But as important as the job to be done by government in the neighborhoods, the people must also be involved.
I pledge tonight to be Mayor for all of the people of this city - for one Chicago.
In the housing projects, people talked of ways to reduce crime, relieve overcrowding, and they were good ideas that we plan to study, and possibly implement.
The cooperation of government at its different levels is important and can only be achieved as long as the people of Chicago are directly involved in our efforts and supportive of our goals.
The people ask much, often more than any government can give. We must resist the temptation to promise solutions to all problems.
The people must know that from this day on, we want their opinions.
The people of Chicago are a proud people - and for good reason.
We must care. We must all care. And while I am working, while the governments is working, so must the people also work.
I am a Democrat. I have been one all of my life.
I am here before you tonight to dedicate this administration to bringing a new renaissance of neighborhood life and community spirit, a renewal of confidence in the future of our city and a revival of opportunity for all Chicago.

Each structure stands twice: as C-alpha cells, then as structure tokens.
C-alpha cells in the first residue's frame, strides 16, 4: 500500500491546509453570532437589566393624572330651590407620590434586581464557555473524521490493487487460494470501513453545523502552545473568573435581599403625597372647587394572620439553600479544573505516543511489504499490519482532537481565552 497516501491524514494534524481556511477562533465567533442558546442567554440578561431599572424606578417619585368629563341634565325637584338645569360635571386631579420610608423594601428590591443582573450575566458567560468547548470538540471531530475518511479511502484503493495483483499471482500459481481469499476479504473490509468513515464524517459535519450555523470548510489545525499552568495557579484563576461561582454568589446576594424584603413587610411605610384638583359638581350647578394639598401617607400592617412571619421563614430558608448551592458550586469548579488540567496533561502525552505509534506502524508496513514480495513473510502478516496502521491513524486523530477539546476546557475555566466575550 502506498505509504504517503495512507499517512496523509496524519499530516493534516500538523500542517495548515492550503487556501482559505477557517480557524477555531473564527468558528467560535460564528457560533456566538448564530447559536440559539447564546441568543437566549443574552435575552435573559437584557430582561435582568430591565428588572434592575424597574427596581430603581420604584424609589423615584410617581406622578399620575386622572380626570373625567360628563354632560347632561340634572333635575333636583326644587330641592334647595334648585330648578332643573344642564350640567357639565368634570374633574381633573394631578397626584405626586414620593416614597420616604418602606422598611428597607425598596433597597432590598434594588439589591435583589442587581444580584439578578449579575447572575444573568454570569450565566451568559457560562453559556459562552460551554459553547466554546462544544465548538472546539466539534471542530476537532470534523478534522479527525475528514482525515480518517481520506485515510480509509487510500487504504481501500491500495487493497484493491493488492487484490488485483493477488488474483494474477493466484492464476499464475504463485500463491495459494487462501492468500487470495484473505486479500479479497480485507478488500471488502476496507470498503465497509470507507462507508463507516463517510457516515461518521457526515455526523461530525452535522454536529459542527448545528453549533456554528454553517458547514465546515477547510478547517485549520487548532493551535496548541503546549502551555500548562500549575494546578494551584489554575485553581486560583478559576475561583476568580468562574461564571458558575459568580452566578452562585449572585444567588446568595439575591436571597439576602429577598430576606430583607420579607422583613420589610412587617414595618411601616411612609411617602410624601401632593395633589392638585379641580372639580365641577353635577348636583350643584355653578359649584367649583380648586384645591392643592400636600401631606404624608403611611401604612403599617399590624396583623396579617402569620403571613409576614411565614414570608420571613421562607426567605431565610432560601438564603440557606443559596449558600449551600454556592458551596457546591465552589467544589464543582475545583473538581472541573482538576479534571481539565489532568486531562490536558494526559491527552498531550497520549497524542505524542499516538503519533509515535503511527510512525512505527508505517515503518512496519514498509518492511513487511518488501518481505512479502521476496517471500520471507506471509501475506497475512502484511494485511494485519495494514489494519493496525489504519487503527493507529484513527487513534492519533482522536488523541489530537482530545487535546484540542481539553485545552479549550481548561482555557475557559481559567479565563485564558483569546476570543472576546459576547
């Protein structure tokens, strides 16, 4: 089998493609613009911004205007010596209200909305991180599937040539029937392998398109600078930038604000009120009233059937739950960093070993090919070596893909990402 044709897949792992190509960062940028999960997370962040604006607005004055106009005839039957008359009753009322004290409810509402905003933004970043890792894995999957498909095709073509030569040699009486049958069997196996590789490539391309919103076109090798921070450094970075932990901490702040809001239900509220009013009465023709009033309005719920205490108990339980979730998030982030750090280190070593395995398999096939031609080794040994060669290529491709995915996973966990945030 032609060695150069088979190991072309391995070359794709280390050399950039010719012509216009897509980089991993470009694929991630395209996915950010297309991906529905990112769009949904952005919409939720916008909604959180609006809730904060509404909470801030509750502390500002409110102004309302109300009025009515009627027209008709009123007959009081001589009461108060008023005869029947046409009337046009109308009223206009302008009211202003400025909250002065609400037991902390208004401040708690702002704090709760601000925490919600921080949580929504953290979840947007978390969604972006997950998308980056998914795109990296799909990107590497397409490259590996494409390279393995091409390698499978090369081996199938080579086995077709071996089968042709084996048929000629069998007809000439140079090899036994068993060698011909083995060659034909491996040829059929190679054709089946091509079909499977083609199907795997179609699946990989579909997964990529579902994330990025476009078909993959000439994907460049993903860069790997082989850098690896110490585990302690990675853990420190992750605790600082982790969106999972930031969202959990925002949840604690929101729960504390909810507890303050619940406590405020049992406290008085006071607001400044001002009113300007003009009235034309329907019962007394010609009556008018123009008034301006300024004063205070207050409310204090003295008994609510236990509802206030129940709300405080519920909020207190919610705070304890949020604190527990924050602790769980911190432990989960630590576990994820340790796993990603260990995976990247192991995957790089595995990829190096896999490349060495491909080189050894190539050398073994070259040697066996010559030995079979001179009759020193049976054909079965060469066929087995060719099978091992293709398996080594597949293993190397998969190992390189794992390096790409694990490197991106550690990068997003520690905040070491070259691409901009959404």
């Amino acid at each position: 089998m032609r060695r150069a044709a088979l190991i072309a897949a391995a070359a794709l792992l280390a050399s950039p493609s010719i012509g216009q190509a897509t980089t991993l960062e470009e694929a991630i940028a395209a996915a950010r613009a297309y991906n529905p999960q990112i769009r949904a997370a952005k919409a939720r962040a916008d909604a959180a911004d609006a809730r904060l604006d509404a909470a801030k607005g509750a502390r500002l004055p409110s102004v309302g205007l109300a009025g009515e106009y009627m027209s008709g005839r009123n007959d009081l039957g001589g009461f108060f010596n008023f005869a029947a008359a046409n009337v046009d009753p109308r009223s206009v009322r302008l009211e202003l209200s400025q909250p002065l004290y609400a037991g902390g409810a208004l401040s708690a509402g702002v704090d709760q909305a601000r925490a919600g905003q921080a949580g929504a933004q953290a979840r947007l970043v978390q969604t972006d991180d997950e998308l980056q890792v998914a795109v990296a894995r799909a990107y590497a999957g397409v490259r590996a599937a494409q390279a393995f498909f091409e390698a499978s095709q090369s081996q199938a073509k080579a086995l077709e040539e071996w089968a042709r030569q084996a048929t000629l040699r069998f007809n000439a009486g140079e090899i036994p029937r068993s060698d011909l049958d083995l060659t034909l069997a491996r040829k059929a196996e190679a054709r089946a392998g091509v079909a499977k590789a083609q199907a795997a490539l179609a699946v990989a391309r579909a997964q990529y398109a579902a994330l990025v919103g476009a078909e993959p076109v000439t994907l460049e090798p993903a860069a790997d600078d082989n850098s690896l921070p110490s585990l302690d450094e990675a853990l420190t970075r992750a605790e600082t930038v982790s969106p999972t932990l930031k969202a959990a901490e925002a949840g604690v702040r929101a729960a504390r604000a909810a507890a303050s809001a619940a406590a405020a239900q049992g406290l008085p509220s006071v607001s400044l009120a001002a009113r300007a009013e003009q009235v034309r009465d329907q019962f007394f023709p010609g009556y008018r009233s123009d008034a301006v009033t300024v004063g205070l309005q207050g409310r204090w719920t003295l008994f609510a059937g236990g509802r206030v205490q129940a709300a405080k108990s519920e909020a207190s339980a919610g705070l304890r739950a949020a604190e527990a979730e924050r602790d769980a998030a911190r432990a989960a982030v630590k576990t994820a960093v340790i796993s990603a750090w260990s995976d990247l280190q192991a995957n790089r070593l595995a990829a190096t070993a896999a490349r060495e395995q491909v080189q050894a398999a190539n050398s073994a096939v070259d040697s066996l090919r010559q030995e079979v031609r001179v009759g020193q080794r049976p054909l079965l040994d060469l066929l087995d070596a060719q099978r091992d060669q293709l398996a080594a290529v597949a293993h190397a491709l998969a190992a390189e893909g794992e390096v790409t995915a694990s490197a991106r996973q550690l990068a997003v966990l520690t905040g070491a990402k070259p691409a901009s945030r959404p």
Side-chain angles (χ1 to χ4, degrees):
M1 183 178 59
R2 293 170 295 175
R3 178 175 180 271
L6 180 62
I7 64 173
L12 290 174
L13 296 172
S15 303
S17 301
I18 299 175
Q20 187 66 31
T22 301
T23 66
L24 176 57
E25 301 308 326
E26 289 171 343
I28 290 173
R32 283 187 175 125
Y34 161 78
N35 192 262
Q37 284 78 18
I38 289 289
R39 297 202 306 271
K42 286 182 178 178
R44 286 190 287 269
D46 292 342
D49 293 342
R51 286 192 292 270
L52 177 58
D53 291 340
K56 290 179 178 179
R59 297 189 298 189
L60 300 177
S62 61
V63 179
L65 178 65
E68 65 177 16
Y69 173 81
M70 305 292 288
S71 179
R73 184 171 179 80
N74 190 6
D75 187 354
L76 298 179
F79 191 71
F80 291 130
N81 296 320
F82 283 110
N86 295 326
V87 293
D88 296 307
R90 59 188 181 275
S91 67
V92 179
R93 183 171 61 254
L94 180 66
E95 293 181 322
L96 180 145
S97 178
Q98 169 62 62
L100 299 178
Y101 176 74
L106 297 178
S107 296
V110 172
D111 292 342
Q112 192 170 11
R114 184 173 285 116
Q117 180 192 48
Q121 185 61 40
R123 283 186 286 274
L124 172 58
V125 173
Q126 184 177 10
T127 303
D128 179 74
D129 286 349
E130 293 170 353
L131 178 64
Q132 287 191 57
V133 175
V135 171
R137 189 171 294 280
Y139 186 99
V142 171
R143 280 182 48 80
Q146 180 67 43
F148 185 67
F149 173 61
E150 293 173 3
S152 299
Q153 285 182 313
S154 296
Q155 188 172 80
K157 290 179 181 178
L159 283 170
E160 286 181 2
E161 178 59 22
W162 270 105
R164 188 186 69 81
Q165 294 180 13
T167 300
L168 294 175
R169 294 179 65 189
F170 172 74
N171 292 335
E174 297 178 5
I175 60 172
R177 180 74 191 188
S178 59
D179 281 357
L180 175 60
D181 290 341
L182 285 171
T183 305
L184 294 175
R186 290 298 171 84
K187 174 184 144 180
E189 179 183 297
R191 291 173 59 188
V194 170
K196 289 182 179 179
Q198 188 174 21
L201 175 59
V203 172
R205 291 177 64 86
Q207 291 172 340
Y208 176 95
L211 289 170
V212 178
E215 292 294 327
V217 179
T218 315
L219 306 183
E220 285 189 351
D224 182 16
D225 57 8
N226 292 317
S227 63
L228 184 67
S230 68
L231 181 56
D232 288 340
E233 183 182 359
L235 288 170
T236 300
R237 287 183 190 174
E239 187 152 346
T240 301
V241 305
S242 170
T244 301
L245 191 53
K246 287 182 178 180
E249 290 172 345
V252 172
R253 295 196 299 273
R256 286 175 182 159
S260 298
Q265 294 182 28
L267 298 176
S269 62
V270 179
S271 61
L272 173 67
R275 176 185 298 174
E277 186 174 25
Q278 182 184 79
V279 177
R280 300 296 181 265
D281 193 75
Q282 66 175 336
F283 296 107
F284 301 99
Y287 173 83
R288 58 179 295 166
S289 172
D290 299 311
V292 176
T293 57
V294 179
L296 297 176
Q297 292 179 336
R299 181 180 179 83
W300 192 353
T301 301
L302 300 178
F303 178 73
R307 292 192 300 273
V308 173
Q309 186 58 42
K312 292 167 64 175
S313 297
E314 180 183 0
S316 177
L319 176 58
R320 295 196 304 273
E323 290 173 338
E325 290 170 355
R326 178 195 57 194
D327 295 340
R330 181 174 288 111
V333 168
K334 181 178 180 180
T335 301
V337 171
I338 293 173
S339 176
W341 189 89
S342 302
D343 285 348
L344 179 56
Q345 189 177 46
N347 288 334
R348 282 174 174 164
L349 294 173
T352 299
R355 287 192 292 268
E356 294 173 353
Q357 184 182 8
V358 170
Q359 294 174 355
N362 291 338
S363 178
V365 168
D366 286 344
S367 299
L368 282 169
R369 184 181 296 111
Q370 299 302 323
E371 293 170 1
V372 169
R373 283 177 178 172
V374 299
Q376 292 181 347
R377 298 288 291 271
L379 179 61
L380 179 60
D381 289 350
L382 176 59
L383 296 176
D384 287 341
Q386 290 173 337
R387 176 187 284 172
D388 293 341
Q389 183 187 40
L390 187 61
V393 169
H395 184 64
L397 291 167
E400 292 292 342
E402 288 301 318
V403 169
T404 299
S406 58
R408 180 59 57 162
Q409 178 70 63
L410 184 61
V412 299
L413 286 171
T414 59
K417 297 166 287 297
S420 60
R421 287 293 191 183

But always I was a private citizen whose activities in government or political party were appointive.
If all of us would require the same level of performance from ourselves as we expect from government, this city will forever be the city that works.
If for no other reason than the energy crisis now facing this country, the federal government should be eager to become partners with us in rebuilding our city.
Chicago kept industry, attracted new business, became the center for convention trade and transportation.
If we are to succeed, we must recognize that the community redevelopment is not solely the rehabilitation of housing, or putting a mall in the business strips.